Monday, February 12, 2018

Review: 'Bob & Carol & Ted & Alice' Blu-ray


Developing The Monkees was the most substantial thing on Paul Mazursky’s behind-the-camera résumé before he made his feature-film directorial debut with Bob & Carol & Ted & Alice in 1969. If nothing else, his TV work indicated he had genuine sympathy with the counterculture even though he was well past the age that hippies could trust him. But these are all elements that make Bob & Carol & Ted & Alice such a fascinating film. The infamous swingers angle is how the movie was marketed, but it’s really about how two almost-middle-aged couples acclimate to a rewritten world in which the sexual mores of their youths have basically been obliterated and things like unfiltered honesty and communication are new to marital relationships. Bob (Robert Culp) and Alice (Natalie Wood) are the privileged pseudo-hipsters of the quartet, attending a sort of Plato-Meets-Janov Retreat to get in touch with their feelings. Ted (Elliot Gould) and Alice (a truly marvelous Dyan Cannon) are that couple’s uptight, old school best friends with whom they end up in bed by the film’s climax. The touchy feely philosophy of the film makes it as dated in its own way as such other counter-culture items as Easy Rider and Midnight Cowboy both also released in 1969 (and the former is also a product of The Monkees’ camp). Yet those grittier films traded in a hip cynicism that appealed to hippies at the time but now reads as a criticism of counter-cultural ideals. Bob & Carol & Ted & Alice never sneers at the idea that “All You Need Is Love” even as it examines that philosophy from a number of angles, some of which are a lot less flattering than others. It is a film that truly believes in love to the point that its unexpectedly transcendent climax finds the characters all but reaching out of the screen to embrace and comfort its audience. Bob & Carol & Ted & Alice is also surprisingly mature for a movie mainly marketed as titillation, as it examines marital relationships with more honesty and openness than any other late-sixties movie I’ve seen. It is certainly refreshing to watch a movie that deals incisively with themes of consent in the bedroom that was made at a time when slobs chasing secretaries around desks was still considered funny.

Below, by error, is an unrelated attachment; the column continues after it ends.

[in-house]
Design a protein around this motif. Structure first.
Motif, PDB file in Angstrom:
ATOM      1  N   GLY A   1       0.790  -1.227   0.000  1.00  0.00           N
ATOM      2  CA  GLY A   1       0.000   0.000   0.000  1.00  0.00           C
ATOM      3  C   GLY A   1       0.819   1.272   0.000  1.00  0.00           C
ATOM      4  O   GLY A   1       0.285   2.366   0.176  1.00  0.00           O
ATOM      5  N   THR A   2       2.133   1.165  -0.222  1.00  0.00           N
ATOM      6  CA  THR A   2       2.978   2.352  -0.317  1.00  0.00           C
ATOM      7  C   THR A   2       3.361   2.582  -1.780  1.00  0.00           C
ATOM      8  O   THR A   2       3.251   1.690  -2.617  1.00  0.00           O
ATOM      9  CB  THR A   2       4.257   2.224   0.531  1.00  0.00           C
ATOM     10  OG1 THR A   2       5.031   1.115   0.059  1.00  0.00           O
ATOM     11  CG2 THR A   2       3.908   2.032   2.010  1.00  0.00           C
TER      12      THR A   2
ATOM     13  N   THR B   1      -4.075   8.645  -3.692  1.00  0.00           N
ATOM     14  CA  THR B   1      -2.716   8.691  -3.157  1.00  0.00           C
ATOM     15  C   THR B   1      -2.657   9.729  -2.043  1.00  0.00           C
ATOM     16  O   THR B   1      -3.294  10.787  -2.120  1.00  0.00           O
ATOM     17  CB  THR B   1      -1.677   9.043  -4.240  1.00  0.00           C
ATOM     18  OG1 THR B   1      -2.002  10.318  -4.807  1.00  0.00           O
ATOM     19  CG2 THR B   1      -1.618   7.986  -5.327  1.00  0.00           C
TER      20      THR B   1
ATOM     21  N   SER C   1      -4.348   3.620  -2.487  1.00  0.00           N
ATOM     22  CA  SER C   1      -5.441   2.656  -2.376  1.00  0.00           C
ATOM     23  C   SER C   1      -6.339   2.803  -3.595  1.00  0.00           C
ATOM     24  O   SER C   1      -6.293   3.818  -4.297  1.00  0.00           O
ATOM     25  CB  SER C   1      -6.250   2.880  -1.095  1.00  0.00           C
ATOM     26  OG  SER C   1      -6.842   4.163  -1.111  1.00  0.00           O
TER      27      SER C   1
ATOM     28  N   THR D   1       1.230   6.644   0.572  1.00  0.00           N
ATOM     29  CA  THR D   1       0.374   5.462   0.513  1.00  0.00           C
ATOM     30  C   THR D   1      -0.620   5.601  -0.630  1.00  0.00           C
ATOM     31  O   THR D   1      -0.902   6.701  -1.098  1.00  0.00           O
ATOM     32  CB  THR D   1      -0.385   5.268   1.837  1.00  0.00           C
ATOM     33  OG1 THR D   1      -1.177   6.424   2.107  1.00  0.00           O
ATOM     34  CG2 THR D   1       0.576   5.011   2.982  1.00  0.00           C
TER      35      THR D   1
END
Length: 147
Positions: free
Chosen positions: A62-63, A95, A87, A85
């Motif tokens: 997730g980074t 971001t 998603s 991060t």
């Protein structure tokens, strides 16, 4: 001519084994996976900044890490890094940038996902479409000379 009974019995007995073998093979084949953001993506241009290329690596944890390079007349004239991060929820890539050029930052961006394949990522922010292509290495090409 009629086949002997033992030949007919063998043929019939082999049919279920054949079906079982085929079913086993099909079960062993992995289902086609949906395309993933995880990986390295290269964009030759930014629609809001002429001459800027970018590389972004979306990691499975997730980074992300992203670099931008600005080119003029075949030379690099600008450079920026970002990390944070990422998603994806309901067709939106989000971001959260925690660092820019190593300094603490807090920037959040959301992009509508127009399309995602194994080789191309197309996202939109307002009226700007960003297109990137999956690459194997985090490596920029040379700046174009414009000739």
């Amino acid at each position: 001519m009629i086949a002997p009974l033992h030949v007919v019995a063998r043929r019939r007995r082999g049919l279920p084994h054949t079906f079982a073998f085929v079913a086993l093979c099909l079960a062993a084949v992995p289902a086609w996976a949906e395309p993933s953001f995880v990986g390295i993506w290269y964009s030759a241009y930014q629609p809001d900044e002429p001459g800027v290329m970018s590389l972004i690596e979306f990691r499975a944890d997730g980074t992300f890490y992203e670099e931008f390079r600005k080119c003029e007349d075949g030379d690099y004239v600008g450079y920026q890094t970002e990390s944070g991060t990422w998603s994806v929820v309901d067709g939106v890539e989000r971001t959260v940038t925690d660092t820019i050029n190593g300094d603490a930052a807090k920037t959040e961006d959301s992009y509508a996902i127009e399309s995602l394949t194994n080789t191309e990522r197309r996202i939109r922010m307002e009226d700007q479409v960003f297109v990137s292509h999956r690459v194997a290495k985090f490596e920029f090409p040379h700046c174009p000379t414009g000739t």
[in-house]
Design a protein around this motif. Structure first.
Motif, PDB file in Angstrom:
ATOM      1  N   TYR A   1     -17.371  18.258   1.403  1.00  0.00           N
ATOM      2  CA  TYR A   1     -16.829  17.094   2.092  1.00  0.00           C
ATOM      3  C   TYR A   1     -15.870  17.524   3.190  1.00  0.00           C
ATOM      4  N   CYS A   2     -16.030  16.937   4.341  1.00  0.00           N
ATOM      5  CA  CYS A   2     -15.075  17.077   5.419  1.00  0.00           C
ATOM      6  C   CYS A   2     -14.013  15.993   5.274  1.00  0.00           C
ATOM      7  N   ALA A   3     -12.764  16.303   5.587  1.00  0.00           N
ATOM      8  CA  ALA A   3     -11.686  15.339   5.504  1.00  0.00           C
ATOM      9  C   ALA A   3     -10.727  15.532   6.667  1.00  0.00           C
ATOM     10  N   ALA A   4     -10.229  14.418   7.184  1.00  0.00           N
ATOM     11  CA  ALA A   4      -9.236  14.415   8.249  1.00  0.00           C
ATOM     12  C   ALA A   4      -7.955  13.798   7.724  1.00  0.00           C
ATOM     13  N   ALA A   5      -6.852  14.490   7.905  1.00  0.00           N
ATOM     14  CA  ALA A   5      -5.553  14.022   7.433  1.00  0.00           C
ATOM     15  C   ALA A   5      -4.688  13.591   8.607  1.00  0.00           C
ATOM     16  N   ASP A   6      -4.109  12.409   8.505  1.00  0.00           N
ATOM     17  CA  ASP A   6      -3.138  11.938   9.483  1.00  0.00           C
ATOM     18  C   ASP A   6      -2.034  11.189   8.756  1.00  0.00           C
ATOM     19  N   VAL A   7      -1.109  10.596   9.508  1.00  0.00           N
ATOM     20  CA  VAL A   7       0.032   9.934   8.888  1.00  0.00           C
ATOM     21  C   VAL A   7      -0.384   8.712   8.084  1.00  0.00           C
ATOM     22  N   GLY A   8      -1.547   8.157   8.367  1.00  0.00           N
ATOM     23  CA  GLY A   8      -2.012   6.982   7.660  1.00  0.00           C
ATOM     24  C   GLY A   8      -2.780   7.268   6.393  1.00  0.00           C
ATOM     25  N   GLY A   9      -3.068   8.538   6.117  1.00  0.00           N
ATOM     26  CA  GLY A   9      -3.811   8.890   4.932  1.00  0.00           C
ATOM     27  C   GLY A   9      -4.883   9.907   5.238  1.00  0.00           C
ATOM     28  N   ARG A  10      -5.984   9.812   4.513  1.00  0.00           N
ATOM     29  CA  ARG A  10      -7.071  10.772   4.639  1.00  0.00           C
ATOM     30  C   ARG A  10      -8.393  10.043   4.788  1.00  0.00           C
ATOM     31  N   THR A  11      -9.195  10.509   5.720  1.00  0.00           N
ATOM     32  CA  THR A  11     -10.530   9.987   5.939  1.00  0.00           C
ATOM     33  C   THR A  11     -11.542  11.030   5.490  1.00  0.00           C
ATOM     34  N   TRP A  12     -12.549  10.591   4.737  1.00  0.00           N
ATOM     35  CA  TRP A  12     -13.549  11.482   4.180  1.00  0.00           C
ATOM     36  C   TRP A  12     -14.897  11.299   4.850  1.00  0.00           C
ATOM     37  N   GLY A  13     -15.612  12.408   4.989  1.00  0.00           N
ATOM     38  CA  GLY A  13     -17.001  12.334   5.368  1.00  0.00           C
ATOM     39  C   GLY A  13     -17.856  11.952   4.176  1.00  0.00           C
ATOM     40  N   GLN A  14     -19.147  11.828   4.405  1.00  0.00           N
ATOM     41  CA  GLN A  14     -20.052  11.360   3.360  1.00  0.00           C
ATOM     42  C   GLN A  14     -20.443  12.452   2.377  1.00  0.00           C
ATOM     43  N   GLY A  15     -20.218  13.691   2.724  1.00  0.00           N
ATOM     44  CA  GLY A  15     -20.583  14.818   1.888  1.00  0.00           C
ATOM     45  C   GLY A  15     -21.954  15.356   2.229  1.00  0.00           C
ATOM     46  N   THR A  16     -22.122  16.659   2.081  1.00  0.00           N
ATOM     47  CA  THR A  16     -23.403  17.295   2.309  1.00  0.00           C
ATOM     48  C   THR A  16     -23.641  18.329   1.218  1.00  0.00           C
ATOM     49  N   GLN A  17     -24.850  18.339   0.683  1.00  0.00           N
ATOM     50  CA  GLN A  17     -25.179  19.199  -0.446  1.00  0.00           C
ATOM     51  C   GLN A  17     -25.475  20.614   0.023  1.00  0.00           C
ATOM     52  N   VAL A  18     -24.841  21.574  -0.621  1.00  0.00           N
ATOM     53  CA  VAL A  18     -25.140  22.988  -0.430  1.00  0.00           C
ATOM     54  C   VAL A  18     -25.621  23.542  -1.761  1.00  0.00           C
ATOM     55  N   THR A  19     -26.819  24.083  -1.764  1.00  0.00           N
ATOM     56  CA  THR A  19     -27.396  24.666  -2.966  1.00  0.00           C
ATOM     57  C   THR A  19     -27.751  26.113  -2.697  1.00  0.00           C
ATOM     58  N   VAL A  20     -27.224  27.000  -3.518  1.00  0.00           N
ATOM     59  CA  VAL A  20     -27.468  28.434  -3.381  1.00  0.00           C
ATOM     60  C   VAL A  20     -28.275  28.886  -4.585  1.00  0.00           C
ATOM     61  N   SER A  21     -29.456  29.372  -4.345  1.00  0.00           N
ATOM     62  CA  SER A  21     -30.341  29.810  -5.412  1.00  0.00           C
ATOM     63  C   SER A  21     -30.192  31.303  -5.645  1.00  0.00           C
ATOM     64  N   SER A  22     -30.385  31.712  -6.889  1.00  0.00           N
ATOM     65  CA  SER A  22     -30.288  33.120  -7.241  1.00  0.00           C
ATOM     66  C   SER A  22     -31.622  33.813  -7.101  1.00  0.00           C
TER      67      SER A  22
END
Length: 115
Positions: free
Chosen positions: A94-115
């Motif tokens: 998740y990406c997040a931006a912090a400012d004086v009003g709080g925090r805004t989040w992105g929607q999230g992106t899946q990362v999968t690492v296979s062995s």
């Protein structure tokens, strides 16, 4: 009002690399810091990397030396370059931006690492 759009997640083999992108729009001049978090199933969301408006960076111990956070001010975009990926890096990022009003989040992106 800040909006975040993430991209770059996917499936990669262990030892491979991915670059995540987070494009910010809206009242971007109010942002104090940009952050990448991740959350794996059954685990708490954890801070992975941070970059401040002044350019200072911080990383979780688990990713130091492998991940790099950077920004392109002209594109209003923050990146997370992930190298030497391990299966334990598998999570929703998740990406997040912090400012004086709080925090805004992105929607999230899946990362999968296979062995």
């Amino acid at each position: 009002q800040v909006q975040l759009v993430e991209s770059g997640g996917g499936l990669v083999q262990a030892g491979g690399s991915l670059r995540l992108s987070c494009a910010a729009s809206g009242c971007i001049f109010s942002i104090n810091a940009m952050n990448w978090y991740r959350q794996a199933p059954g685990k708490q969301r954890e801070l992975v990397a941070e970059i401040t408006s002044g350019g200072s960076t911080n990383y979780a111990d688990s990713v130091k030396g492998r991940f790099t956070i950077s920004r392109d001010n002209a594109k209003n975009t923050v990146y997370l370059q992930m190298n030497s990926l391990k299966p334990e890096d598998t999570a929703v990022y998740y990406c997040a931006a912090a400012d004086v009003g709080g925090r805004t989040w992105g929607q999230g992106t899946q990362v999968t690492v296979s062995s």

The image of Bob & Carol & Ted & Alice Twilight Time’s Blu-ray is good overall, with strong colors and nothing egregious in the way of scratches, dots, or debris. The grain is on the heavy side and you may find it excessive depending on your tolerance. Bonus features include the 18-minute Tales of Bob & Carol & Ted & Alice (a stage interview with Mazursky that deals as much with his thoughts on comedy as it deals with our main feature) and the informative and charming commentary with Cannon, Gould, Culp, and Mazursky (the latter two have since died) ported over from the DVD, as well as a new commentary with Twilight Time’s resident historians Julie Kirgo and Nick Redman.
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